Cognitive Dissonance #2

Registration Number
1132-1-1
Maker
Type of Object
Tags
Medium
Acrylic on cotton and wool
Collection
Height
60.00cm
Width
150.00cm
When Made
2015
Public Description: 

Steaphan Paton found this traditional tapestry (maker unknown) and actively intervened in its aesthetic and meaning by stitching in his own hand. His interventions are striking; they seek to bring to life the realities of the impact of colonialism on the first nation's peoples and the fact there were battles between the original custodians of the land and white settlers. This work was acquired following its inclusion in the exhibition ‘Re-visioning Histories’, curated by Yhonnie Scarce and Claire Watson.

Steaphan Paton is a member of the Gunaikurnai and Monero Nations. His work explores colonialism, tradition and concepts of race and conflict. Influenced by his home country, Gippsland and his experiences, Paton uses painting, sculpture, installation and video to articulate his worldview. In 2016 Paton completed a Master of Contemporary Art from the VCA. His work is held in many public and private collections including the National Gallery of Victoria, the National Gallery of Australia, the Melbourne Museum and the Brooklyn Art Library in New York.

Makers Statement:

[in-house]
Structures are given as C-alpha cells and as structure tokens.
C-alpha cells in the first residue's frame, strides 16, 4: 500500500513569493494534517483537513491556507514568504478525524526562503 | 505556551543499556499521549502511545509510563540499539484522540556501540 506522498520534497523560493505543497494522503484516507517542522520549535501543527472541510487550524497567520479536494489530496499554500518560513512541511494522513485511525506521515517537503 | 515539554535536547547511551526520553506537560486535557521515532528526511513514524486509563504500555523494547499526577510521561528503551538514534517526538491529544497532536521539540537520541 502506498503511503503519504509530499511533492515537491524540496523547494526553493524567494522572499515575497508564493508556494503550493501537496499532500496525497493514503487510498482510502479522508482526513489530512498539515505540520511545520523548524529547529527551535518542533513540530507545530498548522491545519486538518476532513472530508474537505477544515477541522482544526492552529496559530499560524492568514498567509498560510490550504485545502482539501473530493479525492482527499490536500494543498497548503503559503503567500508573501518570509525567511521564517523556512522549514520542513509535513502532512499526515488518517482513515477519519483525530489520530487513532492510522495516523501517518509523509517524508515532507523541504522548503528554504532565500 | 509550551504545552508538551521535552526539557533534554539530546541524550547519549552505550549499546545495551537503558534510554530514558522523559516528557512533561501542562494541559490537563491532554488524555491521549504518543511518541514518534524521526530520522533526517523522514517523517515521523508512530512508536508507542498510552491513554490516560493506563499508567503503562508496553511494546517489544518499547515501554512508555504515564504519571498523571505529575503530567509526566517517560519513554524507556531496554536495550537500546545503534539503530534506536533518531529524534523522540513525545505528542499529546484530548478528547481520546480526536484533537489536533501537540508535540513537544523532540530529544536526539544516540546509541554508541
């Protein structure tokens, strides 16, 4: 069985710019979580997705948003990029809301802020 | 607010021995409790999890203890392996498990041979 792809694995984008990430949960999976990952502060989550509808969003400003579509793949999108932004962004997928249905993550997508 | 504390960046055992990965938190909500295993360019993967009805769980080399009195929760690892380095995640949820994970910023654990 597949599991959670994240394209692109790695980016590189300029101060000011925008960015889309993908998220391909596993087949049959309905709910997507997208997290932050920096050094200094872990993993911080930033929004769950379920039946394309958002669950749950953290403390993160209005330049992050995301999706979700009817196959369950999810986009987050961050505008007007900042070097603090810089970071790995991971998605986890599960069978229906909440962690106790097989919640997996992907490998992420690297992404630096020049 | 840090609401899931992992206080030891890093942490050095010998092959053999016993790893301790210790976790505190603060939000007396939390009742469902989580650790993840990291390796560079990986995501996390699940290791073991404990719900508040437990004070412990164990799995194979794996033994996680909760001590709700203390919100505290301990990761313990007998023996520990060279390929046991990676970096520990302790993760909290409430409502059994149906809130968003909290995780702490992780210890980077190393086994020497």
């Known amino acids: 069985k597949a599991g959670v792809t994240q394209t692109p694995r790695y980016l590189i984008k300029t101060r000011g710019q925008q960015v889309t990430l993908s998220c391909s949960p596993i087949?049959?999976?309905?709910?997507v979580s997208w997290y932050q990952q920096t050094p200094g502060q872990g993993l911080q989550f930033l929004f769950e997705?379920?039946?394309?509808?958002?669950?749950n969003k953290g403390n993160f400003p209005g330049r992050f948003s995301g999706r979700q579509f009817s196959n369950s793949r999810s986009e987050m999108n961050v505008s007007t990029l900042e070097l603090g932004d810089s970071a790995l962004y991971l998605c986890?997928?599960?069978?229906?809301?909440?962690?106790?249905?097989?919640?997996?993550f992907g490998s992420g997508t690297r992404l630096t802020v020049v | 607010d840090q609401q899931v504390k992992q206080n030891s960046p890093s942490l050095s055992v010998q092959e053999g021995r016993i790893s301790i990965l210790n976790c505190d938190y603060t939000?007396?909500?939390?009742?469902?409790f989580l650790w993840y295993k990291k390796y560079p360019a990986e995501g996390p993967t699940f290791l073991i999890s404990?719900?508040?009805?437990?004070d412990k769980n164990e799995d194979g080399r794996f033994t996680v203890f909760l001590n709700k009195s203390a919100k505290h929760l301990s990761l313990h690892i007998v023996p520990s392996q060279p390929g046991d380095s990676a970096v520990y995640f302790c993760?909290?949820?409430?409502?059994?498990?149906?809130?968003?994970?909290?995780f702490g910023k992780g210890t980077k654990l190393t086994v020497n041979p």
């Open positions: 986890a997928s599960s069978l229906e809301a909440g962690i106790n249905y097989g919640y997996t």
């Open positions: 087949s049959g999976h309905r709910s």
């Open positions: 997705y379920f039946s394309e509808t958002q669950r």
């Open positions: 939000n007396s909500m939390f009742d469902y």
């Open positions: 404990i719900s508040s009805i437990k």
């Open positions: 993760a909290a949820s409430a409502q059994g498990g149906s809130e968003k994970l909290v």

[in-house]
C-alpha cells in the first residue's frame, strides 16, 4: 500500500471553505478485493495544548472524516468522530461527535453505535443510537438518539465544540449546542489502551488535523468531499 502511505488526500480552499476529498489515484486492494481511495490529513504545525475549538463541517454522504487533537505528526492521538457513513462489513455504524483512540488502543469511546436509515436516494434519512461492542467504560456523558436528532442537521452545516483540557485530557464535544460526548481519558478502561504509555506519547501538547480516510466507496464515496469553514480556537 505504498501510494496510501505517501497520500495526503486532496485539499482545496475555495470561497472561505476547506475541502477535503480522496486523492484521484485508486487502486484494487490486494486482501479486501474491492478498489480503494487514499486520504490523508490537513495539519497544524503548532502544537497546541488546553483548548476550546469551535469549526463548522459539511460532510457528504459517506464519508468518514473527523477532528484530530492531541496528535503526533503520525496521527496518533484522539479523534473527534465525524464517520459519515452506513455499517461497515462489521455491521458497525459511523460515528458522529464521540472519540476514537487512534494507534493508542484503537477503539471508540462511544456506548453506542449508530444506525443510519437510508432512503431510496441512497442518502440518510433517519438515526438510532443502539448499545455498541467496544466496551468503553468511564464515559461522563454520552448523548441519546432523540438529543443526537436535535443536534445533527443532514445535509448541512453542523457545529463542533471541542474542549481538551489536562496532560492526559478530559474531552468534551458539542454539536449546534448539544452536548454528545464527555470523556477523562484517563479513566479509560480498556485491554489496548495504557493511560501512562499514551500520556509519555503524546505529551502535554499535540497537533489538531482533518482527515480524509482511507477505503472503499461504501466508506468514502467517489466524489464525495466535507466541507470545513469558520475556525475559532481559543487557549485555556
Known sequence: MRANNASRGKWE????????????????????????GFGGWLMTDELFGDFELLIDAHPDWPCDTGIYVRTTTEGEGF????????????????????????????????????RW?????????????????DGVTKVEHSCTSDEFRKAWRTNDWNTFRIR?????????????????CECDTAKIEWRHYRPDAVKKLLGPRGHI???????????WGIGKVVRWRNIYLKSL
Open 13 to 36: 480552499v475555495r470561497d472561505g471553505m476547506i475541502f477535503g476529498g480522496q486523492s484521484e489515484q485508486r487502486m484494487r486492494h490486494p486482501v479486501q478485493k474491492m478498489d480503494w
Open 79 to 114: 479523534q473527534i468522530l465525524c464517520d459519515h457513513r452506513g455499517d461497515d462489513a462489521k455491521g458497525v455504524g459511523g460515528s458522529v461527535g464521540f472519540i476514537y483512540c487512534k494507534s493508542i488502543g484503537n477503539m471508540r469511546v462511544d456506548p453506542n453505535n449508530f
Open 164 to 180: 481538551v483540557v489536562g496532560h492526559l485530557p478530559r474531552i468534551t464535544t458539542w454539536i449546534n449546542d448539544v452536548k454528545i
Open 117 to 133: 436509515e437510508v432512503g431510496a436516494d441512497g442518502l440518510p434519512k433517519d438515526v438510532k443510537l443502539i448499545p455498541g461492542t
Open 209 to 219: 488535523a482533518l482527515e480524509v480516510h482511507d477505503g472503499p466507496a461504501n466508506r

Cognitive dissonance is a theory in psychology described by Leon Festinger (1957) whereby the human mind seeks to understand the world and ourselves in it by a state of cognitive consonance, that is harmony. When new information is presented that is conflicting with the existing beliefs, the mind goes into a state of cognitive dissonance. People usually avoid the state of cognitive dissonance usually by altering, ignoring or manipulating the conflicting information to fit within or be justified by their existing beliefs. There are still many Australians who believe that the continent of Australia was 'settled' peacefully or that a majority of the Australian continent was 'unsettled'. And that Captain Cook 'discovered Australia'. This was and absolutely is not the case. There was conflict on this landmass, there were battles, and there were wars. 'Australia' was invaded by the British. All of the Australian continent was and still is owned by the Peoples and Nations who were here first. Cognitive dissonance #2 is part of a larger series that seeks to provoke the audience into a state of cognitive dissonance. Thereby becoming aware of themselves as the constant coloniser and oppressor. To disrupt the ideallic paradise and false harmony most 'Australians' live in and asks them to dispose of their Britishness.